26. Medications by Injection • Parenteral administration • Any route other than through the GI tract • Rapid drug action • Safety risks • Rapid administration • Exposure to blood-borne pathogens

    27. Medications by Injection (cont.) • Needles • Parts • Gauge • Length ~ select for • Type of injection • Patient size • Amount of fatty tissue • Injection site

    28. Medications by Injection(cont.) • Syringes • Barrel ~ calibrated cylinder • Plunger ~ forces drug through barrel • Needlestick prevention safety device Plunger Leading ring Barrel Syringe hub Needle Trailing ring Needlestick prevention safety device

    29. Forms of Packaging for Parenteral Drugs • Cartridge • Ampule • Vial • Liquid or powder ~ reconstitute with diluent • Single or multiple doses

    30. Medications by Injection (cont.) • Intradermal (ID) • Into upper layer of skin • Used for skin tests • Subcutaneous(subcut) • Provides slow, sustained release and longer duration of action • 1 mL or less • Rotate sites To diagram

    31. Medications by Injection (cont.) • Intramuscular(IM) • More rapid absorption • Less irritation of tissue • Z-track method Epidermis and dermis Subcutaneous tissue Muscle Medication Z-track Method To diagram

    32. Medications by Injection (cont.) Iliac Crest Clavicle Vastus lateralis (mid-portion) • IM injections – choose sites carefully Deltoid muscle Ventrogluteal

    33. Medications by Injection (cont.) • Intravenous (IV) • Directly into vein • Given by IV infusion • Drug is dissolved into a solution • Slow drip into a vein • Rapid onset of action • Sudden adverse reactions possible To diagram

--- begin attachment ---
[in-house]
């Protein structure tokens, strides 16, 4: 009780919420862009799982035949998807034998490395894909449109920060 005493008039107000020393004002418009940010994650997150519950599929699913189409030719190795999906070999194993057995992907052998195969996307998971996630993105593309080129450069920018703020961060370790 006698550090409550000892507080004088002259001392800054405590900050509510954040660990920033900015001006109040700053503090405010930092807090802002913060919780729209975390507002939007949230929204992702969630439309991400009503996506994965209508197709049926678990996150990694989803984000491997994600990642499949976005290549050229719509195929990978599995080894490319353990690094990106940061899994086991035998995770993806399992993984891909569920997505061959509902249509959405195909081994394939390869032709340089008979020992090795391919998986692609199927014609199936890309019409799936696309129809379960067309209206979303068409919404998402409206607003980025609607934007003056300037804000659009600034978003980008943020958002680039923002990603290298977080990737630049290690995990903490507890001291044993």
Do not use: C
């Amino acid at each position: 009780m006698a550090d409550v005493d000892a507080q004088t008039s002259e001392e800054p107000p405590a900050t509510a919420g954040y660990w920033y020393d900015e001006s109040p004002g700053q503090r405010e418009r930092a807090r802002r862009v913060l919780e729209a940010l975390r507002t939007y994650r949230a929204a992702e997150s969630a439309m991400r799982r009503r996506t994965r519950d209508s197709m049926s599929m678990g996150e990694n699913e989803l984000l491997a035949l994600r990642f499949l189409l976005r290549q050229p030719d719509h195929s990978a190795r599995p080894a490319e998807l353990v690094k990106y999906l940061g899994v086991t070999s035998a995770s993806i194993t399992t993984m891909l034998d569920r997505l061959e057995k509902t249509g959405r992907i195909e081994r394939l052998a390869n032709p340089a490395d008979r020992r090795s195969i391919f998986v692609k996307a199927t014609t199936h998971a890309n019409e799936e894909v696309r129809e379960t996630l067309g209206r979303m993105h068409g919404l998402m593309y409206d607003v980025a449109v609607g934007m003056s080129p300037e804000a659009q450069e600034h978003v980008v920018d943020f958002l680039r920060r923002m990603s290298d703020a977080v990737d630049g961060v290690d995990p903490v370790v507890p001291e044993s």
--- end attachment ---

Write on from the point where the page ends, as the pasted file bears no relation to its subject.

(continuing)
34. Apply Your Knowledge ANSWER: G ___ prevents drug from leaking into subcutaneous tissue ___ used to administer skin tests ___ small bottle with rubber diaphragm ___ can administer a larger amount of medication ___ provides a slow, sustained release inside diameter of needle provides an almost immediate effect Matching Intramuscular injection Gauge Subcutaneous injection Intradermal injection Vial IV injection Z-track method D E A C B F Super!

    35. Other Medication Routes • Inhalation • Administered through the mouth or nose • Read package insert • Topical • Direct application of a drug on the skin • Some forms ~ creams, lotions, ointments • Transdermal system

    36. Other Medication Routes • Urethral administration – local effect • Vaginal • Local effect • Suppositories most common form • Douches ~ administer liquid medications • Rectal – suppositories or enemas

    37. Apply Your Knowledge List parenteral routes other than an injection. ANSWER: Other parenteral routes include: • Inhalation • Topical • Urethral • Vaginal • Rectal Great job!

    38. Special Considerations • Pediatric patients • Drug effects are less predictable • Require dosage adjustments and careful measurements of doses